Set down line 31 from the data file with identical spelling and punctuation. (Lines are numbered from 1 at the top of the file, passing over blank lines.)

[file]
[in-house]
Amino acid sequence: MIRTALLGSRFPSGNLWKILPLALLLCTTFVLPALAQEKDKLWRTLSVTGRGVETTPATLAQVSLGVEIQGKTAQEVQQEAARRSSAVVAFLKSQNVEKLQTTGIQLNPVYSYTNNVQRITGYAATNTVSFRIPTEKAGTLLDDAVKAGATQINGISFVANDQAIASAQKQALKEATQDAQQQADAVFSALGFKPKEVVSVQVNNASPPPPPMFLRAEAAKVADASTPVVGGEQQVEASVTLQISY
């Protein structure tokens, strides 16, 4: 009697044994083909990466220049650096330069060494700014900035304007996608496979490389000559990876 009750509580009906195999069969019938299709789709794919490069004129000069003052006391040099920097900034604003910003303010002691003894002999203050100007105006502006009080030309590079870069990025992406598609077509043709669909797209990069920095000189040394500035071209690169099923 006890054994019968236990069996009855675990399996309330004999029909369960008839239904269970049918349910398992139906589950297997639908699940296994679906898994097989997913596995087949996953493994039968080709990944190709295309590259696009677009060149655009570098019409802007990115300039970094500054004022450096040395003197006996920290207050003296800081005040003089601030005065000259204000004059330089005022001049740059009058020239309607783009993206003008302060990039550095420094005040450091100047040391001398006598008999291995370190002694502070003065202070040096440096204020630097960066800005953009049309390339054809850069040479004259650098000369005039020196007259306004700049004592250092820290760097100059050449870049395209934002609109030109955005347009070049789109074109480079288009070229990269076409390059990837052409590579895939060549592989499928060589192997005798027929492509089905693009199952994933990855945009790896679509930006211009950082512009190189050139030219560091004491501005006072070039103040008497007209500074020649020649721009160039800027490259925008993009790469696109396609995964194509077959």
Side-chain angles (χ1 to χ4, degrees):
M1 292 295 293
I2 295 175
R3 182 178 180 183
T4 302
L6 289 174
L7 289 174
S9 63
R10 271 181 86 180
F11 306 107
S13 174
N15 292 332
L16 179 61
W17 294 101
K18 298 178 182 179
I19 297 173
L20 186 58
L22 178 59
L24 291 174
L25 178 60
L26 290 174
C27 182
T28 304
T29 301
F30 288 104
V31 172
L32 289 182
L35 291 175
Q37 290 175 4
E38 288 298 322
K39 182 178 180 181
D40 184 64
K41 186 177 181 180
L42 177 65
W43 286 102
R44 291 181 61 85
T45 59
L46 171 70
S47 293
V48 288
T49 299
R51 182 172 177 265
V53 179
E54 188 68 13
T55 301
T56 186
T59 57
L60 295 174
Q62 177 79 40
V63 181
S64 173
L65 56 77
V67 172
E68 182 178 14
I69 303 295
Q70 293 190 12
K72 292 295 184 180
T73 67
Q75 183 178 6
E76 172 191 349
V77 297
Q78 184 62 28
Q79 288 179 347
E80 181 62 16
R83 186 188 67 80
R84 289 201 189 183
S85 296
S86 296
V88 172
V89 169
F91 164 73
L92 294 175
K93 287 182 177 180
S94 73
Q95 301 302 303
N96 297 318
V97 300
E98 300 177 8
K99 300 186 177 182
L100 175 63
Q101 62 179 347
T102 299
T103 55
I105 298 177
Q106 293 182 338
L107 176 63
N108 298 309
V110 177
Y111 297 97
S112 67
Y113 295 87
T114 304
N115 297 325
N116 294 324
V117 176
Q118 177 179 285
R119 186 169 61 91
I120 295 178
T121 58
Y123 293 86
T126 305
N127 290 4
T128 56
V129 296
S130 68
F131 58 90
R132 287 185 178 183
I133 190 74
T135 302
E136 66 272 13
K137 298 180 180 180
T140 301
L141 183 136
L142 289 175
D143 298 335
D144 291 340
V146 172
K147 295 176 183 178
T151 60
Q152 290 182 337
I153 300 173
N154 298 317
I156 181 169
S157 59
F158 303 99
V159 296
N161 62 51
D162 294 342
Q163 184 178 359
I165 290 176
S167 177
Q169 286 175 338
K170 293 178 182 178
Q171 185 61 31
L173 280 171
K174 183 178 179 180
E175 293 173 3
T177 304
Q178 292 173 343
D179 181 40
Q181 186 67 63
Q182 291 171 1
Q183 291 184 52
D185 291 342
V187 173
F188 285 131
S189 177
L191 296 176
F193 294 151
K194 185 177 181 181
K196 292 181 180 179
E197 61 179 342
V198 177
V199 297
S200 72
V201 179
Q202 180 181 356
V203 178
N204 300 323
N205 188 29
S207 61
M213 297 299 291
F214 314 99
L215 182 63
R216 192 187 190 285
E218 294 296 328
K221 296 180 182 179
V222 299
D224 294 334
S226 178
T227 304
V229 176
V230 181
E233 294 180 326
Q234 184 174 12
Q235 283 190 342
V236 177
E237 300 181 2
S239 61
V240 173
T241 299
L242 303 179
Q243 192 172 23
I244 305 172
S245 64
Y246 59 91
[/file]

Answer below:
L35 291 175